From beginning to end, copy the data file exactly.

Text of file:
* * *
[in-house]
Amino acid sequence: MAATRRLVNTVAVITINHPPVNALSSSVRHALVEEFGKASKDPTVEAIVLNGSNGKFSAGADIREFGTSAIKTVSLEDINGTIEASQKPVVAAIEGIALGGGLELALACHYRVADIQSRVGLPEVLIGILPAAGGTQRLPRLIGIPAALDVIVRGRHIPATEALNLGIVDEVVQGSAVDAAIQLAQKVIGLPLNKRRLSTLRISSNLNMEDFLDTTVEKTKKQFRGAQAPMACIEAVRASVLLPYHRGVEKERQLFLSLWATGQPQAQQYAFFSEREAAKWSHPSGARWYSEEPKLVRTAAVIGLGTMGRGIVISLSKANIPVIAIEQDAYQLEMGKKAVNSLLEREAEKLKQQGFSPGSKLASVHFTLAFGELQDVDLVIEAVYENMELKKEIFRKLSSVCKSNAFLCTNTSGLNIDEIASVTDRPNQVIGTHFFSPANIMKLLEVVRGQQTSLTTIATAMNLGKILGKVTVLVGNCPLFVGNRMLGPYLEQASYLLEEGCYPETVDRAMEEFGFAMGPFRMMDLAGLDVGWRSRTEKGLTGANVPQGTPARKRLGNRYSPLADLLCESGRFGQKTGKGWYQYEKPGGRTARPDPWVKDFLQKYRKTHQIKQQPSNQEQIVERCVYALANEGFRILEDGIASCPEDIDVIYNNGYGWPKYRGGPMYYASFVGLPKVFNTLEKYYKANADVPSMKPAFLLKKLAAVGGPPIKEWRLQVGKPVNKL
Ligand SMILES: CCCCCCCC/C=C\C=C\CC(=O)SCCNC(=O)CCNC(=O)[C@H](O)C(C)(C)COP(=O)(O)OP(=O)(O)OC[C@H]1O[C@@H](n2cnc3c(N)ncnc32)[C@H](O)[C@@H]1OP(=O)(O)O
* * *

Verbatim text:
[in-house]
Amino acid sequence: MAATRRLVNTVAVITINHPPVNALSSSVRHALVEEFGKASKDPTVEAIVLNGSNGKFSAGADIREFGTSAIKTVSLEDINGTIEASQKPVVAAIEGIALGGGLELALACHYRVADIQSRVGLPEVLIGILPAAGGTQRLPRLIGIPAALDVIVRGRHIPATEALNLGIVDEVVQGSAVDAAIQLAQKVIGLPLNKRRLSTLRISSNLNMEDFLDTTVEKTKKQFRGAQAPMACIEAVRASVLLPYHRGVEKERQLFLSLWATGQPQAQQYAFFSEREAAKWSHPSGARWYSEEPKLVRTAAVIGLGTMGRGIVISLSKANIPVIAIEQDAYQLEMGKKAVNSLLEREAEKLKQQGFSPGSKLASVHFTLAFGELQDVDLVIEAVYENMELKKEIFRKLSSVCKSNAFLCTNTSGLNIDEIASVTDRPNQVIGTHFFSPANIMKLLEVVRGQQTSLTTIATAMNLGKILGKVTVLVGNCPLFVGNRMLGPYLEQASYLLEEGCYPETVDRAMEEFGFAMGPFRMMDLAGLDVGWRSRTEKGLTGANVPQGTPARKRLGNRYSPLADLLCESGRFGQKTGKGWYQYEKPGGRTARPDPWVKDFLQKYRKTHQIKQQPSNQEQIVERCVYALANEGFRILEDGIASCPEDIDVIYNNGYGWPKYRGGPMYYASFVGLPKVFNTLEKYYKANADVPSMKPAFLLKKLAAVGGPPIKEWRLQVGKPVNKL
Ligand SMILES: CCCCCCCC/C=C\C=C\CC(=O)SCCNC(=O)CCNC(=O)[C@H](O)C(C)(C)COP(=O)(O)OP(=O)(O)OC[C@H]1O[C@@H](n2cnc3c(N)ncnc32)[C@H](O)[C@@H]1OP(=O)(O)O